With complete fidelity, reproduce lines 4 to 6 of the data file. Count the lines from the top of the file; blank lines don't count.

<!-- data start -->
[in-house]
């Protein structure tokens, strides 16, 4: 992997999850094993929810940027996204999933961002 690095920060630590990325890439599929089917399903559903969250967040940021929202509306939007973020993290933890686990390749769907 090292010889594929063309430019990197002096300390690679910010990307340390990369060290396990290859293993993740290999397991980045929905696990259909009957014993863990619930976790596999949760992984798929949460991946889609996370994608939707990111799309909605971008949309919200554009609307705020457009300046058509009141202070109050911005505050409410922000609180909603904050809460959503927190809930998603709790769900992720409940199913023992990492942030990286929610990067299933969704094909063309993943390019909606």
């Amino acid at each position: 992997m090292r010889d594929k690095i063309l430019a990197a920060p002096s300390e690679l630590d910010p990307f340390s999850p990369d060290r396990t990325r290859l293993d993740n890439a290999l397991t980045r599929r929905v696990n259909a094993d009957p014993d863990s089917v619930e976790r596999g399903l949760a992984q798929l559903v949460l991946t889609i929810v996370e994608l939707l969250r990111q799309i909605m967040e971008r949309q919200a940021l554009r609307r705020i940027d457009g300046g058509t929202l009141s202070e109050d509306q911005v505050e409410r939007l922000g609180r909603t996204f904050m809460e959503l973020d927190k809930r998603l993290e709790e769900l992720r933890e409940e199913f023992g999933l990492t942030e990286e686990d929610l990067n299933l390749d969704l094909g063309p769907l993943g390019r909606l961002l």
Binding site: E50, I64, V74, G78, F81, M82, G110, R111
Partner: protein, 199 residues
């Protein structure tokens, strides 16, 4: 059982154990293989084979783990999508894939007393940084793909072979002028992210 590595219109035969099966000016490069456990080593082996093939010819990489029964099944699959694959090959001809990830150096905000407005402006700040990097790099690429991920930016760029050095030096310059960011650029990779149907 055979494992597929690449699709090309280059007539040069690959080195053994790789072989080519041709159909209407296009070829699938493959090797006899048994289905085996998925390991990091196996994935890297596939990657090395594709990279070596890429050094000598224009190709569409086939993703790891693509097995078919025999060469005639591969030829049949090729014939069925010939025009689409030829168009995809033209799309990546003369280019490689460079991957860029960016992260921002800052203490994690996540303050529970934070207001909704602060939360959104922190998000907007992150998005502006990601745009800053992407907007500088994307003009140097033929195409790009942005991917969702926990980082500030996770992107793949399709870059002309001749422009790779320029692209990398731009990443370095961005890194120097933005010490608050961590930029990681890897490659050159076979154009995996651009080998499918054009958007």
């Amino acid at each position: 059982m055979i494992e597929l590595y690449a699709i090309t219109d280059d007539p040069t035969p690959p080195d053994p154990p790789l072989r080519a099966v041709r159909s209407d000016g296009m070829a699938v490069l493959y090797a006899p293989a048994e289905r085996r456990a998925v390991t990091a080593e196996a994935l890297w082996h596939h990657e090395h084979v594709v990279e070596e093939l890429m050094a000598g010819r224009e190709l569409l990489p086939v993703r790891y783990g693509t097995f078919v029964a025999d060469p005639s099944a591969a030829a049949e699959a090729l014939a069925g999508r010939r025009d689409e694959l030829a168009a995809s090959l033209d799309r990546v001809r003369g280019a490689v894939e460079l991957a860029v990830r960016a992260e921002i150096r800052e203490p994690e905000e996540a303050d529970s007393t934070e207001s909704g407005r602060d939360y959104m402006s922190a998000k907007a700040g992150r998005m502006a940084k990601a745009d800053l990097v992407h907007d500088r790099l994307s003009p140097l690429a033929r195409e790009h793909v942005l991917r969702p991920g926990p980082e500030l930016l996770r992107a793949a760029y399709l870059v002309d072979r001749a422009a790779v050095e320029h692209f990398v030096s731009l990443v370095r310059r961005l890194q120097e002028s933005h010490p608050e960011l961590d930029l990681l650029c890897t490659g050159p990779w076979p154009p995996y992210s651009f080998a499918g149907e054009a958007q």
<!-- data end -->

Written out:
Binding site: E50, I64, V74, G78, F81, M82, G110, R111
Partner: protein, 199 residues
């Protein structure tokens, strides 16, 4: 059982154990293989084979783990999508894939007393940084793909072979002028992210 590595219109035969099966000016490069456990080593082996093939010819990489029964099944699959694959090959001809990830150096905000407005402006700040990097790099690429991920930016760029050095030096310059960011650029990779149907 055979494992597929690449699709090309280059007539040069690959080195053994790789072989080519041709159909209407296009070829699938493959090797006899048994289905085996998925390991990091196996994935890297596939990657090395594709990279070596890429050094000598224009190709569409086939993703790891693509097995078919025999060469005639591969030829049949090729014939069925010939025009689409030829168009995809033209799309990546003369280019490689460079991957860029960016992260921002800052203490994690996540303050529970934070207001909704602060939360959104922190998000907007992150998005502006990601745009800053992407907007500088994307003009140097033929195409790009942005991917969702926990980082500030996770992107793949399709870059002309001749422009790779320029692209990398731009990443370095961005890194120097933005010490608050961590930029990681890897490659050159076979154009995996651009080998499918054009958007």